• I Call It "Vera": Willie's battered, beloved Martin N-20 classical guitar is named 'Trigger'.
  • Improv: Willie is known for changing things around while he's playing live, changing the tempo or key very slightly, and his bandmates have to be quick and good to keep up with him. His live versions of his songs are often sung quite differently than the version you hear on the album, too.
  • Intergenerational Friendship: With Snoop Dogg. They bonded over their love of pot. It's bit of a running joke (though likely a true one) that Willie is the only man who can go toke-for-toke with Snoop.
  • It Will Never Catch On: Willie's record label was convinced that Stardust, his 1978 album of traditional pop standards, would never sell. It stayed on the charts for ten years.
  • Leaning on the Fourth Wall: "Sad Songs and Waltzes" is not only a song about writing a song, but it's both a sad song and a waltz.
  • Listing Cities: "Texas in My Soul" is mostly made up of Shout-Outs to towns in practically every part of the state.
  • Lyrical Shoehorn: In 1971's "I'm a Memory", why does he specify the color in the line "I'm a voice on a green telephone", except that it happens to fill out the meter? For what it's worth, one Nelson biographer suggests that it was his first oblique mention of marijuana in his music.
  • Miniscule Rocking: His first single, "No Place For Me" from 1957, clocks in at a scant 1 minute 18 seconds.
  • New Sound Album: He'd already been moving in that direction for years, but Shotgun Willie in 1973 marked the point where he finally broke away from the Nashville establishment and started playing his own unique brand of music.
  • Non-Actor Vehicle: Honeysuckle Rose, Barbarosa, Songwriter, Once Upon a Texas Train. He's had a steady career in front the camera, but those were the films that he headlined. As mentioned above, more recently he's specialized in As Himself appearances.
  • Pants-Free: "Shotgun Willie sits around in his underwear..."
  • Quick Draw: The namesake character of "The Redheaded Stranger". He draws iron so fast on the Yellow Haired Lady that she's dead before anyone can even warn her.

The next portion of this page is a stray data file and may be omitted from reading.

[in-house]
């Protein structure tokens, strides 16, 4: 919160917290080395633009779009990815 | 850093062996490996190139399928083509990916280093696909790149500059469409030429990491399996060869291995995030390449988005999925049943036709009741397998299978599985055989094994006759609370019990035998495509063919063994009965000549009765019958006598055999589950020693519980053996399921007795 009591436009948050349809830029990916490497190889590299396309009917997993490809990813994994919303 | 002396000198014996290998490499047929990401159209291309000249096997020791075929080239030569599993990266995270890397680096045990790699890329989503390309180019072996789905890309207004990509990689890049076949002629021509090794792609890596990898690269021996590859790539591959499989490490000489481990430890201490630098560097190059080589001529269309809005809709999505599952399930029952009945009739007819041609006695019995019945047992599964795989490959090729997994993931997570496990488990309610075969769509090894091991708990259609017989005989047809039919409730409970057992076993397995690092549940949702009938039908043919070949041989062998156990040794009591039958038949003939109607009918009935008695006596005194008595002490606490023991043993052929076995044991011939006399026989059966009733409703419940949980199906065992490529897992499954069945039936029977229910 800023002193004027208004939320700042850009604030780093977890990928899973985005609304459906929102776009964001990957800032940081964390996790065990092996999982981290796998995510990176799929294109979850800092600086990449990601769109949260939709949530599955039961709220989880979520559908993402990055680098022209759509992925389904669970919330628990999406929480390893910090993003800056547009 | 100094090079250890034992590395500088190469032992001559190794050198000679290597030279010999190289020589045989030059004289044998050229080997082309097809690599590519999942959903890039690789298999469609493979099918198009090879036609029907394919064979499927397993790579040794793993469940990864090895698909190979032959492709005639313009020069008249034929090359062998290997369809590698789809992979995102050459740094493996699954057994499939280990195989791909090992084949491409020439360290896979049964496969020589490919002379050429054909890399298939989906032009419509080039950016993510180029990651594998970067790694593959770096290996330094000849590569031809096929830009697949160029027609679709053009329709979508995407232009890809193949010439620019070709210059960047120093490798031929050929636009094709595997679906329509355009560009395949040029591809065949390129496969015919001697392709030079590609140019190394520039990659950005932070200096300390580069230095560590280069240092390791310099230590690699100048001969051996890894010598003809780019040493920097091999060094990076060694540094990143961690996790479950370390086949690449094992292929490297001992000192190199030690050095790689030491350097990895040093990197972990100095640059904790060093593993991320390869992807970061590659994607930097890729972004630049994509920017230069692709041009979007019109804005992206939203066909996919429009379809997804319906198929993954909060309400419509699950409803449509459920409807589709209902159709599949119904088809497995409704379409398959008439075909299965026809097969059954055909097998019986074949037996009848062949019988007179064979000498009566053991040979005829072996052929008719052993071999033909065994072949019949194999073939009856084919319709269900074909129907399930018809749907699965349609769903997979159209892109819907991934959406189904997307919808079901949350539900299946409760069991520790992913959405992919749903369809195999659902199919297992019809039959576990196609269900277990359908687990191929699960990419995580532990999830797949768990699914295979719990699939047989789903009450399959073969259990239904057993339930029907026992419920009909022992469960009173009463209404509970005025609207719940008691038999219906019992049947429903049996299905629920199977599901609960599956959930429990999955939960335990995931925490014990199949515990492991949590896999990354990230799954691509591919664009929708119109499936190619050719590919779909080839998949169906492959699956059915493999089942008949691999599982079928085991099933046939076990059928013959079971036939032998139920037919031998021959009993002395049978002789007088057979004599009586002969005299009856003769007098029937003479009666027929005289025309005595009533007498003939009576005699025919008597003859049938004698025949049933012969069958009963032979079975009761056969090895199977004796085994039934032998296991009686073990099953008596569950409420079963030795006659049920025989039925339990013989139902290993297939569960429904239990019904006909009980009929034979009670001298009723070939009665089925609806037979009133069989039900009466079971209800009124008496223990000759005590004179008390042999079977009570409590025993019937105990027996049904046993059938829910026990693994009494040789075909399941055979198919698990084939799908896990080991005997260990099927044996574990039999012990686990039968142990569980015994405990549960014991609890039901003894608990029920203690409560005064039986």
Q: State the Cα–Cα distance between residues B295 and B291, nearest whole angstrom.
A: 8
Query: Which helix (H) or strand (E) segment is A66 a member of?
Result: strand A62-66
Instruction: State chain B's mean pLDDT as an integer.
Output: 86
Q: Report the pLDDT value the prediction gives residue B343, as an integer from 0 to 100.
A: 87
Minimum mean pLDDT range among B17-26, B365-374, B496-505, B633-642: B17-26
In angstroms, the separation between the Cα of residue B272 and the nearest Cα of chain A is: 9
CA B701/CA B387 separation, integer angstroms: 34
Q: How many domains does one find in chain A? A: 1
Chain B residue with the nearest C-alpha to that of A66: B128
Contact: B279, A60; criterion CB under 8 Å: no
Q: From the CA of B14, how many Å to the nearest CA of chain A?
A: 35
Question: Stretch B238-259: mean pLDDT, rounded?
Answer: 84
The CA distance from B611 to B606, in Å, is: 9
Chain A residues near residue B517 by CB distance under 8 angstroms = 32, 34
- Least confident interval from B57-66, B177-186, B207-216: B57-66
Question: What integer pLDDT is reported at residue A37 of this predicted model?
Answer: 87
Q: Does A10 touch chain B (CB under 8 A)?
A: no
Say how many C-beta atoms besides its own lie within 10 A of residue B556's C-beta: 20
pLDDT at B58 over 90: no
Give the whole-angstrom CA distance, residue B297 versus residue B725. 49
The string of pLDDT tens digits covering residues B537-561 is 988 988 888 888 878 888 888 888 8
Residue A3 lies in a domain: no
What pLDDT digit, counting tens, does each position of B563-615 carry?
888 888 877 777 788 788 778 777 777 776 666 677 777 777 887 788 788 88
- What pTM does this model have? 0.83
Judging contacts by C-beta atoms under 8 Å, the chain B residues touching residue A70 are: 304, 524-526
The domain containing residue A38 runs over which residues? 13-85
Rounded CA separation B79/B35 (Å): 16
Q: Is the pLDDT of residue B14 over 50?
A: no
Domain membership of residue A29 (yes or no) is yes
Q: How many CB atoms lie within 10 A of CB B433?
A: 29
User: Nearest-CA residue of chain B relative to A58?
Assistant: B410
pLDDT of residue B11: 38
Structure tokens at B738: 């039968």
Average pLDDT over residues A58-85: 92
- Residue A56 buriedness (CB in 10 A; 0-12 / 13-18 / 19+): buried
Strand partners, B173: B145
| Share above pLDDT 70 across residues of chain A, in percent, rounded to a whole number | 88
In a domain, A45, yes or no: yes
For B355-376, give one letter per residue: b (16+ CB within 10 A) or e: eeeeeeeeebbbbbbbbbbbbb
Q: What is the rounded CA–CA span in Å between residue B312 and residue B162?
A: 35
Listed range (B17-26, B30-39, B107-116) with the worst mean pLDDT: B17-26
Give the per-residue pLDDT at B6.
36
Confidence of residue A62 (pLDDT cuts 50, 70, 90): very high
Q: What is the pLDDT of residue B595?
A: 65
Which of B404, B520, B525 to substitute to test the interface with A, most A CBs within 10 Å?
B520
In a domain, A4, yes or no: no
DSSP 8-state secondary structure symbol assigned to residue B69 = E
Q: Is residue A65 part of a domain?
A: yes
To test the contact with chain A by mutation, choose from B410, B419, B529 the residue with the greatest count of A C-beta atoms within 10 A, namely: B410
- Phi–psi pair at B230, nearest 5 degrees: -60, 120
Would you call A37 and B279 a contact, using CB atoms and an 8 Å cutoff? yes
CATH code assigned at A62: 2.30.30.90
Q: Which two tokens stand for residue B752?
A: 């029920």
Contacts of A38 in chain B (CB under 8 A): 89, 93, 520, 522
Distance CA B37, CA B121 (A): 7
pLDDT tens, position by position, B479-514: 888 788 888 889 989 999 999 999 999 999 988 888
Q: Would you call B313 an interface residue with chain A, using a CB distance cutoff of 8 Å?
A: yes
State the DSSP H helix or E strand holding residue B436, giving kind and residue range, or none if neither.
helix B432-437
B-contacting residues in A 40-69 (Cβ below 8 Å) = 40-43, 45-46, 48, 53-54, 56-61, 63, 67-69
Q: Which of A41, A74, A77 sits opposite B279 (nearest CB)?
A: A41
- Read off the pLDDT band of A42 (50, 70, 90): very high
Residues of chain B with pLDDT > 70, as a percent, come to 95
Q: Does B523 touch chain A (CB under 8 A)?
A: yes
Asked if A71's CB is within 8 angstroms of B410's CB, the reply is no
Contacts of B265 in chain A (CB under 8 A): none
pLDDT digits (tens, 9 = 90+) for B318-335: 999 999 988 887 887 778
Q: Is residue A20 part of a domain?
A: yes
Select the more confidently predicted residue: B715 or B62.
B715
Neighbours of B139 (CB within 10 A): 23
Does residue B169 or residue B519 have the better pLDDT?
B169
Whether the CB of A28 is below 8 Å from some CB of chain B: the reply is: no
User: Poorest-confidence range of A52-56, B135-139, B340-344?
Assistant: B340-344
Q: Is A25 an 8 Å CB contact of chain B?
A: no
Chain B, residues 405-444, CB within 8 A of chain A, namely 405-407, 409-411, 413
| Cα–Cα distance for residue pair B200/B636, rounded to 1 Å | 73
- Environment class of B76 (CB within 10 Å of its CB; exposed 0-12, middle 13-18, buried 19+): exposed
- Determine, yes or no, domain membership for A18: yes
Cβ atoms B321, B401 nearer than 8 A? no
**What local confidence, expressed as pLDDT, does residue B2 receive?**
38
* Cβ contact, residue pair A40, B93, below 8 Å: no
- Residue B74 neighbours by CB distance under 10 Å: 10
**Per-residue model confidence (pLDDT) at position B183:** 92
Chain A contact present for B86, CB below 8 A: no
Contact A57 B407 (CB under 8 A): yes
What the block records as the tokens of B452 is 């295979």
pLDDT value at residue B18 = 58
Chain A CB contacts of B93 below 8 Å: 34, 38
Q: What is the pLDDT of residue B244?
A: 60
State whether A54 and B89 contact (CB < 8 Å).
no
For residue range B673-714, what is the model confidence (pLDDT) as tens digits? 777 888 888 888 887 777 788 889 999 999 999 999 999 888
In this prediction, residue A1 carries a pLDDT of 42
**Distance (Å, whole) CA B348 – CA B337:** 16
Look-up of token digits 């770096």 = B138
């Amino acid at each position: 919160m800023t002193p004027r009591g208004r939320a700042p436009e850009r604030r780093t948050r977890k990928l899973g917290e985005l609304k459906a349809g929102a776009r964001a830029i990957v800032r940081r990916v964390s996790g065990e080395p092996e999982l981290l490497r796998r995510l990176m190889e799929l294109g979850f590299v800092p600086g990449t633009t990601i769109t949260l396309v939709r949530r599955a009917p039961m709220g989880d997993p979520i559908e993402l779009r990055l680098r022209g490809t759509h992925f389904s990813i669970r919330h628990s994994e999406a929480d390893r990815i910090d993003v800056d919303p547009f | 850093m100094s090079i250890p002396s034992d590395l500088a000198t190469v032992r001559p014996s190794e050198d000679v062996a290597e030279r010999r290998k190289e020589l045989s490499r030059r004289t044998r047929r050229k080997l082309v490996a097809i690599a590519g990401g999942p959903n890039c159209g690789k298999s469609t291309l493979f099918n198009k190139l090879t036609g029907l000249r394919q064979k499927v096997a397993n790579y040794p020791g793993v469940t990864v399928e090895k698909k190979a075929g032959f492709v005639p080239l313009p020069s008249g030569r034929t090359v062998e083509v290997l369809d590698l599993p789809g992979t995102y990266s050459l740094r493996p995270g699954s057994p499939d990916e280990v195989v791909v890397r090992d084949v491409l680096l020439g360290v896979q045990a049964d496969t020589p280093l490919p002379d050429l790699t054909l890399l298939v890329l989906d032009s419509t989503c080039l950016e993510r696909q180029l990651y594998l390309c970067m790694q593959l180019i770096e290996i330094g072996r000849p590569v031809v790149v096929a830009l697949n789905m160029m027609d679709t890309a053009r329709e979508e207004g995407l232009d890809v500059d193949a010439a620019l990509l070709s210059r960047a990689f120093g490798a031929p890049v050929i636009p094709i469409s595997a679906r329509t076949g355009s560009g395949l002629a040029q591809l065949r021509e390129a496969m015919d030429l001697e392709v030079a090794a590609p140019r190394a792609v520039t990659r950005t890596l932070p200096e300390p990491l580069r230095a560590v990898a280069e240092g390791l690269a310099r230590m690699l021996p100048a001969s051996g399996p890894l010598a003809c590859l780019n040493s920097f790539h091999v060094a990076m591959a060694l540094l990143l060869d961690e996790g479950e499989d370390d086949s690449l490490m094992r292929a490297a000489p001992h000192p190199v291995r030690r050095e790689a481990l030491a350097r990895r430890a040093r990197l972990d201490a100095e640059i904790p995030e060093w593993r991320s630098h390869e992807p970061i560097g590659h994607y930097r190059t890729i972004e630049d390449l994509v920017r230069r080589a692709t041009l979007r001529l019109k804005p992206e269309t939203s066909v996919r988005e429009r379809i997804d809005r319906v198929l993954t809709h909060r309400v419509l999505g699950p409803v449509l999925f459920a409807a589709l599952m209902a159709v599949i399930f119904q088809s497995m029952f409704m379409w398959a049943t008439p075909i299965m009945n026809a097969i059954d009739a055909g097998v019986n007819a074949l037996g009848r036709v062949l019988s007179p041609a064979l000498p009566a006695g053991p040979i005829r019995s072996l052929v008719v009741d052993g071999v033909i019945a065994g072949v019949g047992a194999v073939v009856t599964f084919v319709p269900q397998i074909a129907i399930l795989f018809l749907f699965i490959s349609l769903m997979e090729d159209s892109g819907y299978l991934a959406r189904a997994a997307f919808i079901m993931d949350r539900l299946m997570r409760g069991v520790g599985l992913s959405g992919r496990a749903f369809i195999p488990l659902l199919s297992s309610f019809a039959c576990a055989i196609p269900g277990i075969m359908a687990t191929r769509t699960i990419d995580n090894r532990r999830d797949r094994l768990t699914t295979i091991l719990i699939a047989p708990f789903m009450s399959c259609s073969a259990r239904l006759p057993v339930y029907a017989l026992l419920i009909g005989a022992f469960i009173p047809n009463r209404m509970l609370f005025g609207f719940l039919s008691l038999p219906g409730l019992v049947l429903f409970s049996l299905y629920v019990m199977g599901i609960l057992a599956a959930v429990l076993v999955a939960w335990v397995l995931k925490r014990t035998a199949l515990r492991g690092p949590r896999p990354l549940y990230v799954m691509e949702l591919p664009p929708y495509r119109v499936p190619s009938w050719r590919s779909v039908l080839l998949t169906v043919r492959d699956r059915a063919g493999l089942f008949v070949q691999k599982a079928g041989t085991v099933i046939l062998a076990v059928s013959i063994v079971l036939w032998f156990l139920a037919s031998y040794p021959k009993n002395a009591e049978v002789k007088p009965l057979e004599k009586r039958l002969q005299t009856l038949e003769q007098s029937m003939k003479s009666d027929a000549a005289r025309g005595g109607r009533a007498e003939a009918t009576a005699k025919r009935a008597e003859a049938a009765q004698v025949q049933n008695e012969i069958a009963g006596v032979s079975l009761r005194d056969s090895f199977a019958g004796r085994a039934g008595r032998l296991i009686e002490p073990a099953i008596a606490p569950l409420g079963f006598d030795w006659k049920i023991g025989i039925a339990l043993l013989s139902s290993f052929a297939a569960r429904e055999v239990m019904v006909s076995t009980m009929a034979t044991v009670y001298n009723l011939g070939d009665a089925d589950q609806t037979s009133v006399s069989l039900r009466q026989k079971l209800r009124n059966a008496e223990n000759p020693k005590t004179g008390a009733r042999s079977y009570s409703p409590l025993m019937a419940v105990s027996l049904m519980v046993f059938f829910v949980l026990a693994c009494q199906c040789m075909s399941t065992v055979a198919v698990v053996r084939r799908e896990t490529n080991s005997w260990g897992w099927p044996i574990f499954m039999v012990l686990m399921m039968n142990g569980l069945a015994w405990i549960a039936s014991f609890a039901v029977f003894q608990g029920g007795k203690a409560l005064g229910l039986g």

• Real Name as an Alias: When the owner of the small Texas label he recorded for in 1960 rejected the original recording of "Night Life", he released it on another label and decided to credit it to the backing band, with his vocal credit listed under another name, to ward off any legal threats from his primary label. The label credit: Paul Buskirk and His Little Men, featuring Hugh Nelson (which, of course, is his middle name).
  • Rock-Star Song: "On the Road Again" is the country star version, with Willie singing about how "the life I love is makin' music with my friends."
  • Separated by a Common Language: his acoustic album “Naked Willie” was re-titled for distribution in the UK....
  • Sexiness Score: "Ten with a Two" is about a drunk guy who's approached by a woman who he perceives as "a 10" due to Beer Goggles, only realizing after a Bedmate Reveal in the morning that she's actually a "2". When released as a single in 1991, the song gained some notoriety due to criticism from conservatives and womens' groups for what they viewed as demeaning lyrics toward "less than perfect" women—in other words, that the song was really about a man disparaging ugly women as having no social, romantic or other redeeming values.
  • Signature Style: A reedy voice singing just off of the beat, and jazz-flavored guitar lines played on a nylon-string acoustic (instead of a steel-string like virtually all other popular music).
  • The Stoner: If there's anything other than music Willie Nelson is most famous for, it's this!
  • Super Group: The Highwaymen, with Kris Kristofferson, Waylon Jennings, and Johnny Cash.
  • 12-Bar Blues: "Shotgun Willie", while unquestionably country, is written with this structure.
  • Vitriolic Best Buds: With Waylon Jennings. Willie is pretty easy-going, but Waylon was fairly Hot-Blooded, and they kept getting into disagreements that would leave them apart for a while, then reunite for more music. A perfect example of this can be found in the biography "Willie Nelson: An Epic Life", which details an incident from the "Highwaymen" tour, where Waylon got the idea in his head that Willie was actively angling for higher billing/more money. Fortunately, the crew of the show were able to get him past this by simply pointing out "Waylon, it's Willie. You really think he gives a crap about that kind of thing?". Sadly, they were in the middle of one of these "breaks" when Jennings died of complications from diabetes.
  • What a Piece of Junk: Trigger, his extremely battered Martin N-20 classical guitar, which has a hole worn in the soundboard after 47 years of constant use, and which has been signed by more than a hundred of his friends and acquaintances. He bought it in 1969 for $750, which was a lot of money in those days; a vintage N-20 from the same period will set you back around four thousand dollars today.